End of year surge pushes land sales top €515m in 2023

Savills report sees residential land sales driving market in year ahead

Activity in Ireland’s land trading market fell last year, a new report has found, with more than 60 per cent taking place in the final three months of the year.

The new report, from property adviser Savills Ireland said €515 million worth of land was transacted in 2023, with major deals including the sale of the former Jury’s Hotel in Ballsbridge for €152 million taking place towards the end of the year.

More than half the sales volume was in residential land, with acquisitions from both the Land Development Agency and Fingal County Council for sites in Clongriffin and Swords at €38 million and €27 million respectively. The Rockbrook site in Sandyford and a 73-acre site in Ballincollig, Co Cork, also changed hands for €15 million each.

Residential sites are expected to dominate the market in 2024, Savills said.


“Demand for residential sites with planning persists, underpinned by the continued need for housing delivery. At the moment, larger sites trading without planning permission are typically more strategic in nature, as evidenced by the price disparity. However; oportunitic buyers who can support a purchase of these type of assets will reap the rewards once they have managed to obtain an implementable grant of planning permission,” said John Swarbrigg, Director of Development Land. “2024 is also likely to see continued State participation, specifically AHB’s, Local Authorities and in particular as the Land Development Agency continue to accelerate their residential delivery mandate. While challenges remain, there is positivity in the market as interest rate cuts will reduce debt costs and spur on activity this year.”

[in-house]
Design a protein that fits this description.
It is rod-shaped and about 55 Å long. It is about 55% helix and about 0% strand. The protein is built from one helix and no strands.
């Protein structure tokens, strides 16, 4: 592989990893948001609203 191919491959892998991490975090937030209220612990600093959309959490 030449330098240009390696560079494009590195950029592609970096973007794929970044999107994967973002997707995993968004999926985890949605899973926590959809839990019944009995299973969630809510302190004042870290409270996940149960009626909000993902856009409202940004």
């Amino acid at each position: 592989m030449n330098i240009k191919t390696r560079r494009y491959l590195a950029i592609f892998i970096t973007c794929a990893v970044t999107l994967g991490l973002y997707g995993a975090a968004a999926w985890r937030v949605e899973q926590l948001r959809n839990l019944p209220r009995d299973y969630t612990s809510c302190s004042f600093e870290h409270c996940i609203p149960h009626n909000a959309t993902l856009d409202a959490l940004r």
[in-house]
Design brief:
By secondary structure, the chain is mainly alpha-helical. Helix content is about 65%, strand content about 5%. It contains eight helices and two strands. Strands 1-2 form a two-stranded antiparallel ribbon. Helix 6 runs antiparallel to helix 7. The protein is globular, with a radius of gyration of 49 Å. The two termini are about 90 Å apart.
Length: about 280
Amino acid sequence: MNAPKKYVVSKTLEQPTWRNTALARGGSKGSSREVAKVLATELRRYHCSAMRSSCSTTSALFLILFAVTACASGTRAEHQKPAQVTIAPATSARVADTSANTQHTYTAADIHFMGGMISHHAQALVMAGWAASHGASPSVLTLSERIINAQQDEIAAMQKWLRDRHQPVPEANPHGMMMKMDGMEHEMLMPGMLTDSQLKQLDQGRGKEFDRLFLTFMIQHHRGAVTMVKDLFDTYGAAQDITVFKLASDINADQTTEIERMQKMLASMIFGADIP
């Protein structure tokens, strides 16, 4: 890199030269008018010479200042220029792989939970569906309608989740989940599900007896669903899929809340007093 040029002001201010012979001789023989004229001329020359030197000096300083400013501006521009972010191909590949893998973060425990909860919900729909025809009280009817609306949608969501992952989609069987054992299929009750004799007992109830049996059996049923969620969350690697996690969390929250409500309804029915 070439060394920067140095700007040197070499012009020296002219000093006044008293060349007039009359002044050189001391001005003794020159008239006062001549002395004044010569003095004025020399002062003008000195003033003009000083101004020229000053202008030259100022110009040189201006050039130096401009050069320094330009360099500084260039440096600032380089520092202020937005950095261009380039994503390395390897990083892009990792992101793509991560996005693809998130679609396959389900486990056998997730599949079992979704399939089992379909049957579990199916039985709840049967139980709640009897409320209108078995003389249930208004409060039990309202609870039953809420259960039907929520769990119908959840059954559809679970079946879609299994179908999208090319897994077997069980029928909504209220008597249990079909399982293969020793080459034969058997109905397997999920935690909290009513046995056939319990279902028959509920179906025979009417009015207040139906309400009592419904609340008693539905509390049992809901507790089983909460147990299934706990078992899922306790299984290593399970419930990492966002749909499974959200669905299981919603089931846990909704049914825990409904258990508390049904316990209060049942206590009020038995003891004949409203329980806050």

Sites with planning permission will attract a premium, particularly in light of continued delays in the planning process.

The report however highlighted the upcoming changes to legislation. The Planning and Development Bill, which is currently in the third stage of review and debate in Dáil Éireann, includes the restructuring of An Bord Pleanála.

There is also the expectation that density on some sites will be improved following the recent publication of the Sustainable Residential Development and Compact Settlements Guidelines for Planning Authorities.

“The Planning and Development Bill 2023 is a welcome review of the planning system. Planning resources are a key factor to the success of the Bill and significant attention should be placed on staffing not just An Bord Pleanála but also the local councils which are reporting acute shortages of planners,” said Raymond Tutty, Head of Planning. “Without these resources, the administrative power to clear the backlog of applications and processing of new applications will still be delayed.”

Ciara O'Brien

Ciara O'Brien

Ciara O'Brien is an Irish Times business and technology journalist